Across the country, there's a fight for your mortgage dollar. In one corner, we have the suburban Goliaths. In the other, the smaller, older Davids of inner-city America.
Squaring off in this fight are my mother, Barbara Mabrey, and me. She likes the soaring newness of a "'McMansion." I like the "if walls could talk" history of a turn-of-the-century home.
To compare the value of old vs. new, my mother and I set out on a home tour in our hometown of St. Louis.
My mother lives in the suburbs, but I am a lover of the city.
I asked John Eilerman, CEO of Homebuilders McBride and Sons, to make his pitch at a model home we visited -- starting price $325,000 -- in a suburb north of the city.
"This is about 4,000 square feet," said Eilerman, as we walked around. "Isn't this spectacular?"
My mother loved it.
I asked Eilerman what people usually insisted on having in a new home.
"The two major rooms are the kitchen and the master bath," he said. "Those are the two rooms that you have to have all the newest and greatest features … new appliances, new cabinets in the kitchen. In the bathroom, it's the new master tubs and the spacious master bath."
He also agreed that people liked double-height entry halls.
Traditional master bedrooms have now transformed into ground-floor master suites. I asked Eilerman who needed such spacious bathrooms.
"This is what our customers want," he said.
I glanced at my mother, who was smiling. "I like it," she said.
The bathroom also boasted a fireplace, a separate shower, and a raised Jacuzzi with steps made of "cultured marble."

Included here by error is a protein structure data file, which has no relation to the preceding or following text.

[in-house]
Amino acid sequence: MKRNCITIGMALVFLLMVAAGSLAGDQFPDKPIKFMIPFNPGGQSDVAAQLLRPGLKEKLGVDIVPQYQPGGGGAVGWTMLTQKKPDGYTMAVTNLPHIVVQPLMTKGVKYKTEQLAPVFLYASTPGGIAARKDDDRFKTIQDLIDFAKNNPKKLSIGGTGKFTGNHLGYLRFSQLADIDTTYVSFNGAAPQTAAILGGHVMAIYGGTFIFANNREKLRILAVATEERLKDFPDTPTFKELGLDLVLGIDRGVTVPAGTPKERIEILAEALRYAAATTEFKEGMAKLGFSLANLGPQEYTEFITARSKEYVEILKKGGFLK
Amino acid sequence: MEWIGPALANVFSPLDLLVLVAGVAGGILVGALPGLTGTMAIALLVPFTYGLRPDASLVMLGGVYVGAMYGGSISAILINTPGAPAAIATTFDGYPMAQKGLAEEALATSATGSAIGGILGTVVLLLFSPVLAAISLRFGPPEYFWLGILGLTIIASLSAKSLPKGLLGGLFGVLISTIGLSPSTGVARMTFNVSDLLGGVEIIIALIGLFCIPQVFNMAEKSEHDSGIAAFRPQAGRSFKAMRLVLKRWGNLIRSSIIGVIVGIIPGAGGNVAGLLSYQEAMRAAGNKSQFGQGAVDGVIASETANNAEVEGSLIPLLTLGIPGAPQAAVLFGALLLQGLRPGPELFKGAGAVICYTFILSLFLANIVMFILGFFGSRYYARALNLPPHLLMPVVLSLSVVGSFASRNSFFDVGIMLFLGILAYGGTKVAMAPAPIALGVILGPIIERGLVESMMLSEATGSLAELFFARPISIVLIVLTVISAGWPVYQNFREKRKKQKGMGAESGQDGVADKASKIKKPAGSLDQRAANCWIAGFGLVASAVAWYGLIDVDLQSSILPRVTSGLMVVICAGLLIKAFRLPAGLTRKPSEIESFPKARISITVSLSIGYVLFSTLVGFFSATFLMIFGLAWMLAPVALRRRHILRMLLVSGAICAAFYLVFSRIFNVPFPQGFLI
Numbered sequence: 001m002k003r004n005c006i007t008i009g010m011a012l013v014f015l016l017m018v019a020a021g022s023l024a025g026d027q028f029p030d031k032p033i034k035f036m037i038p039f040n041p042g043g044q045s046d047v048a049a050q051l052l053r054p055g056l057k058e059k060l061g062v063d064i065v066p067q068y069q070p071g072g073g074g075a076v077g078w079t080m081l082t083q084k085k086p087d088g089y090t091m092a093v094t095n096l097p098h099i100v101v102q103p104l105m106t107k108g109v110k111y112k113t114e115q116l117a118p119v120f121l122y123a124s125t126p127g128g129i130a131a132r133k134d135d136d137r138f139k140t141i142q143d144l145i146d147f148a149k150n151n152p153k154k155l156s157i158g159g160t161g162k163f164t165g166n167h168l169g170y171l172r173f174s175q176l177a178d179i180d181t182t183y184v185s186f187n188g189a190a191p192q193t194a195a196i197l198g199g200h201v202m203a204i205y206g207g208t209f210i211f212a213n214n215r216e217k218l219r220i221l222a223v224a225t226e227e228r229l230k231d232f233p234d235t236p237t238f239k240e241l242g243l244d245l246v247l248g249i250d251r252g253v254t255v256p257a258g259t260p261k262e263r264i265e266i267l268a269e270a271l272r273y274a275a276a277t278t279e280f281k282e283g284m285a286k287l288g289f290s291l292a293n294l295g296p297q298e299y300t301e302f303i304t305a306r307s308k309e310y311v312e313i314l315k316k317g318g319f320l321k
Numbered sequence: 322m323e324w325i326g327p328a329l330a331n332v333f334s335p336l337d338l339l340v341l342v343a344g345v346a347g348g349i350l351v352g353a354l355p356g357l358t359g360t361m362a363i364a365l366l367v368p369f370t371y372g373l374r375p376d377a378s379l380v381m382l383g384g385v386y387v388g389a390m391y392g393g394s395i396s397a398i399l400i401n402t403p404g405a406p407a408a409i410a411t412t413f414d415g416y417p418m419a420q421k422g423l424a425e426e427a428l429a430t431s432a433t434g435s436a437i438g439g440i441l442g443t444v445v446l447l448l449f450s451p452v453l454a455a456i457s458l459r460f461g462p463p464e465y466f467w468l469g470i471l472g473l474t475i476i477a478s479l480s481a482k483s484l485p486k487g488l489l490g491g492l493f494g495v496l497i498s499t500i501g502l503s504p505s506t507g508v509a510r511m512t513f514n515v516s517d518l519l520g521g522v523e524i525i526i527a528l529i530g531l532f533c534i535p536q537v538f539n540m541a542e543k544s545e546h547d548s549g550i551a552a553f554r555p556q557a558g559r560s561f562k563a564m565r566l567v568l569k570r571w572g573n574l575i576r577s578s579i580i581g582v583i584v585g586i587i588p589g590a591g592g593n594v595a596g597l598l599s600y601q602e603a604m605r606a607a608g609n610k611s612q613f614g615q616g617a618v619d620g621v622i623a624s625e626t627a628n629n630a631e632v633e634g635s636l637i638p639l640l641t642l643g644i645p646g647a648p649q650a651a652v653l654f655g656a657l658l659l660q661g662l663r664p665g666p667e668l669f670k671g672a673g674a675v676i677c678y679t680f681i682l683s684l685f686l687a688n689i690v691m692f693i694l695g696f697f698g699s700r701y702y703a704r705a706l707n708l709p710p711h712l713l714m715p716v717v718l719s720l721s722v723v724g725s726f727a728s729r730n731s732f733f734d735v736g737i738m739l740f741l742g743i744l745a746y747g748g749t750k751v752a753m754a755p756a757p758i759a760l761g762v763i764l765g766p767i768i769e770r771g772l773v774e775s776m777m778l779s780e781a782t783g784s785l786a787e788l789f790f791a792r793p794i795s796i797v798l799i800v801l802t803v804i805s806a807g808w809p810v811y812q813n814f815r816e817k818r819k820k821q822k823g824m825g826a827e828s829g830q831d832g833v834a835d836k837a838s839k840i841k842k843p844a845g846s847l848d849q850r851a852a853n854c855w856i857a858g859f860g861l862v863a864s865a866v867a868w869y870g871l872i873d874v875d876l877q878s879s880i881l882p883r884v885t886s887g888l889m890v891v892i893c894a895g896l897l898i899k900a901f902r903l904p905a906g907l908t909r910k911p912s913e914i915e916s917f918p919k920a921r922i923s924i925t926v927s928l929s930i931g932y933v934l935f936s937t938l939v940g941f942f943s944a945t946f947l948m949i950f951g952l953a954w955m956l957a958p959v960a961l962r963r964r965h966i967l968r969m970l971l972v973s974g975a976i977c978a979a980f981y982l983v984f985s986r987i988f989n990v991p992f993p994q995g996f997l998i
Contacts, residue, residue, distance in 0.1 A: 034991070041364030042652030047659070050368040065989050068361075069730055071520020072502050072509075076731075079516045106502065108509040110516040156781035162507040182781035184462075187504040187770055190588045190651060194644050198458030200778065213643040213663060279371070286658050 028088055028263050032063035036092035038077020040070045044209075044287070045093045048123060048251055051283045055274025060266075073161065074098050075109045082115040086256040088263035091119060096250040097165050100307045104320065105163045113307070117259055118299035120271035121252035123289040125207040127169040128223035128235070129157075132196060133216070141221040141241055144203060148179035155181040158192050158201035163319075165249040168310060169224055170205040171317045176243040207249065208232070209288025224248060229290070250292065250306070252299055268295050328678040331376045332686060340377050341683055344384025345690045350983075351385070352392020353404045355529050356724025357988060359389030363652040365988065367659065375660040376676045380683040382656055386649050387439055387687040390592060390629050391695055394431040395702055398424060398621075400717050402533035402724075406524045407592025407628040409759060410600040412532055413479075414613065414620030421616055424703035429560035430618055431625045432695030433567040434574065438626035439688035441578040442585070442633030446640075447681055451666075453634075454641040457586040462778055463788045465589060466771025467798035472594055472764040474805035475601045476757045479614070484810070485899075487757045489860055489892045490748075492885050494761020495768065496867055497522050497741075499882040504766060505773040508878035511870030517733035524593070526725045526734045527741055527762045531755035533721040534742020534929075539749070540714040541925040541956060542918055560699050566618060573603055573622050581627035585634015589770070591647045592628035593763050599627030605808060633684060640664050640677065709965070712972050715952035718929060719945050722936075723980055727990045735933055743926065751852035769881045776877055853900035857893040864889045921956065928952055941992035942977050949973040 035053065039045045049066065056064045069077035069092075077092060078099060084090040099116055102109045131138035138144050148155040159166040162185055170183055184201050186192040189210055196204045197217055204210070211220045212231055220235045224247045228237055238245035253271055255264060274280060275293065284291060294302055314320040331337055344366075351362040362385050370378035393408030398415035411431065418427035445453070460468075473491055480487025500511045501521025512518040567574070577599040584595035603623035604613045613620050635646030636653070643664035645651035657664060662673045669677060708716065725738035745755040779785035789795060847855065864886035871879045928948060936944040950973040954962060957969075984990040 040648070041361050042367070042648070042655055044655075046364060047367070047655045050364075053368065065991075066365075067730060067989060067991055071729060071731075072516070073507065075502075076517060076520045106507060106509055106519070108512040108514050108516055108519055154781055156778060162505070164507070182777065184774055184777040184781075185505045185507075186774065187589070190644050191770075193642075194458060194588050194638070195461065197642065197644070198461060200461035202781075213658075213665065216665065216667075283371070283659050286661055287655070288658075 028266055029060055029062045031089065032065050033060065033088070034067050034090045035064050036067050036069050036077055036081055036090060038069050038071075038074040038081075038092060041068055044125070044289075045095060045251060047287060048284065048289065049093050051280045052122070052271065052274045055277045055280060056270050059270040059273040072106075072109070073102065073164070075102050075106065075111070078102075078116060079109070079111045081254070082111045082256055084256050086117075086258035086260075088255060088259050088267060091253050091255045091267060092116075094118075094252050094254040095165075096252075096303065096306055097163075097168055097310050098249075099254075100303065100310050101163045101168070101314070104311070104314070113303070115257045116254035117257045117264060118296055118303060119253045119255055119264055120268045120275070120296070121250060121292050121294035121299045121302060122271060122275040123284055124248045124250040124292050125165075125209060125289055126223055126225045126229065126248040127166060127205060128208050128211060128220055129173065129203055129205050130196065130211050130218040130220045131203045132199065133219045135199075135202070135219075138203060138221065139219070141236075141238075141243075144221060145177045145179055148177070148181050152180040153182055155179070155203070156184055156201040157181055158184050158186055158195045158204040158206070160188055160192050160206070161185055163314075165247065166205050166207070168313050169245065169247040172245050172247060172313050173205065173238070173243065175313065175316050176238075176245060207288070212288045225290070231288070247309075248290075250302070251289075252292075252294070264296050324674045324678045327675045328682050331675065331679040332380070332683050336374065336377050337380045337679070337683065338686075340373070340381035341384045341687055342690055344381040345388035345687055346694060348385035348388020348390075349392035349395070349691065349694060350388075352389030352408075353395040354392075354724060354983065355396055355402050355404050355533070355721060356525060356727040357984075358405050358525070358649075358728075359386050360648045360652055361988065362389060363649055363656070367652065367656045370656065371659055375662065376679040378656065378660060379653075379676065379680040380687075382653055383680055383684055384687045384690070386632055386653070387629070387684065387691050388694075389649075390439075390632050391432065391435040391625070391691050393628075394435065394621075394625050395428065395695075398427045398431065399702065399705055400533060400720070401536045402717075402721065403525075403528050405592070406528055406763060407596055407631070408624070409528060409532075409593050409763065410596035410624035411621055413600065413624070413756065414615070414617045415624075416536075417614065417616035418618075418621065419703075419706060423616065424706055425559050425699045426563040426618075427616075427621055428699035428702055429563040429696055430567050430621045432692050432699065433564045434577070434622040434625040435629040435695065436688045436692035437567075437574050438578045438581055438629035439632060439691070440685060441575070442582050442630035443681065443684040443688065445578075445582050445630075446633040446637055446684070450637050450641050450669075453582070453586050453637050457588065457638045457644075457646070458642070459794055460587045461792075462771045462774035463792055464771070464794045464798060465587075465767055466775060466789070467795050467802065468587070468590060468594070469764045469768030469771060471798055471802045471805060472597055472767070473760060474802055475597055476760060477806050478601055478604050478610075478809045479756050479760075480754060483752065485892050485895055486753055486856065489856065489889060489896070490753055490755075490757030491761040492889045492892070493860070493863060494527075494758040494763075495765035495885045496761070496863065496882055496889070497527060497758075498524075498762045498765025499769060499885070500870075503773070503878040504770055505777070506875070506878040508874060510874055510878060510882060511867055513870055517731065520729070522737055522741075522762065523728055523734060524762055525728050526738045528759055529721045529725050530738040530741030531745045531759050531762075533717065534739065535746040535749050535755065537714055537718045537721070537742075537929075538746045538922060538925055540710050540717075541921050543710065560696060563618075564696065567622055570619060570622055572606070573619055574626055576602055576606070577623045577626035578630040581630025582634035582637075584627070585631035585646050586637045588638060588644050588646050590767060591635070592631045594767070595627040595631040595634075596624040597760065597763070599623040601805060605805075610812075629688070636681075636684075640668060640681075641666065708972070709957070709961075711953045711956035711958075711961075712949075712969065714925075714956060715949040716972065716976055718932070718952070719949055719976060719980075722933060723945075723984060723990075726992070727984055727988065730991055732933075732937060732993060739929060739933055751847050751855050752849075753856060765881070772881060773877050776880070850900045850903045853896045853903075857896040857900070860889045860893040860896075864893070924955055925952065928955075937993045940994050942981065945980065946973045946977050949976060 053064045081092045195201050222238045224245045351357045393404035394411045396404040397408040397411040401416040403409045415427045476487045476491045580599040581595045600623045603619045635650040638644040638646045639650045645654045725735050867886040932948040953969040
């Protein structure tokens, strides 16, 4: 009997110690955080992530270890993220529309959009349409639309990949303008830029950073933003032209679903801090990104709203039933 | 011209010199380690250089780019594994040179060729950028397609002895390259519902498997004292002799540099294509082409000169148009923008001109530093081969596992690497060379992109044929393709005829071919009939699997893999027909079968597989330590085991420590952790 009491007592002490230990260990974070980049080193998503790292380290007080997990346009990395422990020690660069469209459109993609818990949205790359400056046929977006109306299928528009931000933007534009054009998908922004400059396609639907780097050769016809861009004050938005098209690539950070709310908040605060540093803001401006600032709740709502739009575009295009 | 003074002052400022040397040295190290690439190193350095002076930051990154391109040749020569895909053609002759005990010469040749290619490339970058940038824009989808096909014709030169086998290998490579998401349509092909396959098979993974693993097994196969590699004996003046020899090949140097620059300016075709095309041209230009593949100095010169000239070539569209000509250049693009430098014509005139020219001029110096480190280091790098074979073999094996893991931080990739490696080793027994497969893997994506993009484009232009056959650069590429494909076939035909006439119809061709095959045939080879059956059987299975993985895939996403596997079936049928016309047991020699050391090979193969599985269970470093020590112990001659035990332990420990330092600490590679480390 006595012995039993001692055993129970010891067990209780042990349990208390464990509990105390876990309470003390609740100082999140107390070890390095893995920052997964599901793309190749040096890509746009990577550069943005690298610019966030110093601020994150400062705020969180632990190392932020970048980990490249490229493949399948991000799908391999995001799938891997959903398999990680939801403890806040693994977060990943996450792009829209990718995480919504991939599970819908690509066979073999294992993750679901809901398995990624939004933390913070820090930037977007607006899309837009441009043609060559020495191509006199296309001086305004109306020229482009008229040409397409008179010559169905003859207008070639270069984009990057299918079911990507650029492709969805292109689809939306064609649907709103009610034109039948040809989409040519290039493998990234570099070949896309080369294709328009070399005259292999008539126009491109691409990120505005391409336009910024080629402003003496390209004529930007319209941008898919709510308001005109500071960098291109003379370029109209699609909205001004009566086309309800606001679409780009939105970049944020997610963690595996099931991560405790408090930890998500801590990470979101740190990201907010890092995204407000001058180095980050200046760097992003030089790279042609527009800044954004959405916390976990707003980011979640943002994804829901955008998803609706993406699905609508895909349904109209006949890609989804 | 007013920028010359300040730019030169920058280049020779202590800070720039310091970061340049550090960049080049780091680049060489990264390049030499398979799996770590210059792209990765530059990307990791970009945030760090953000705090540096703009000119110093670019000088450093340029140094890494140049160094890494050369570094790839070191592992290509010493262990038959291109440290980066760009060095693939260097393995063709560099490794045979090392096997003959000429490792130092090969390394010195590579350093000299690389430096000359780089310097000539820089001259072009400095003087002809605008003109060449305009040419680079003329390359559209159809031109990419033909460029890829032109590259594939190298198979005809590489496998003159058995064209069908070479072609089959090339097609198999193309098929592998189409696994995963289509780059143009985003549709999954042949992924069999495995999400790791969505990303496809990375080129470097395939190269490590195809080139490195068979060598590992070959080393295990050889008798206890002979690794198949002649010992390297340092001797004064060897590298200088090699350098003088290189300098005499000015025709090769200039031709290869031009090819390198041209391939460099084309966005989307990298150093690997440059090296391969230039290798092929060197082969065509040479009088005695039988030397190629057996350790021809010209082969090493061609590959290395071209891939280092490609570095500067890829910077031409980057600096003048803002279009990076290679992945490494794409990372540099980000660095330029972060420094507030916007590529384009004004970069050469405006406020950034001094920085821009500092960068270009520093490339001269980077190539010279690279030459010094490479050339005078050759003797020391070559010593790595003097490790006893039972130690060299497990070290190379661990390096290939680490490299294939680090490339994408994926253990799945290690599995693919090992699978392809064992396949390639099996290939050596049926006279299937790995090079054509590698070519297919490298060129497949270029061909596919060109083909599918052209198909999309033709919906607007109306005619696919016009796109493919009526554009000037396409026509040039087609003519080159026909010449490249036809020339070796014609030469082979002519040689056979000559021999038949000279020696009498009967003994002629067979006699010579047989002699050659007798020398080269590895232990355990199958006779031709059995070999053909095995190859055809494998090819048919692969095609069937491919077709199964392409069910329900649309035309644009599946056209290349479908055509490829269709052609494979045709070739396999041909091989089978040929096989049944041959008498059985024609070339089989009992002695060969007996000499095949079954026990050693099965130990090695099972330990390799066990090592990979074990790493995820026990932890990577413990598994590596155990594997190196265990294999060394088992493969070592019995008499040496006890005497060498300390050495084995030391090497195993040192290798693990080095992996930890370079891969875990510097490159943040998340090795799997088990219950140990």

"What is 'cultured marble?'" I asked Eilerman.
"It is a man-made product," he explained, " that gives you a lot of flexibility in the colors. But it is a man-made product."
"Are these homes going to last?" I asked him. "I hear a lot of people telling me that new homes are not built to last. They have built-in obsolescence."
Eilerman said the homes would last. He mentioned that the siding was designed to last 40 years, and that the shingles had a 50-year guarantee.
"A lot of the materials are actually better today than they were before," he said. "The windows are a lot more efficient than they were before."
As Eilerman explained it, this was one of the benefits of buying a new home: You're not going to face all that maintenance for many, many years.
I wasn't convinced. St. Louis has some of the most amazing architecture of any U.S. city -- stately, solid, mostly brick homes -- and what's really heartening is how many of them are still standing. They're barely standing in some cases, but still there and ready to be rehabbed.
Susie Gudermuth, a staunch urban guerrilla who staked her claim in the city 25 years ago, has been buying and renovating houses throughout her neighborhood to keep it -- and them -- from deteriorating.
After years of practically having to give these houses away, she said their values were soaring. Gudermuth has one she renovated on the market for $525,000 -- less, she says, than what she paid to rehab it.
"We cannot compete with the 4,000-square-foot house for $300,000," she said.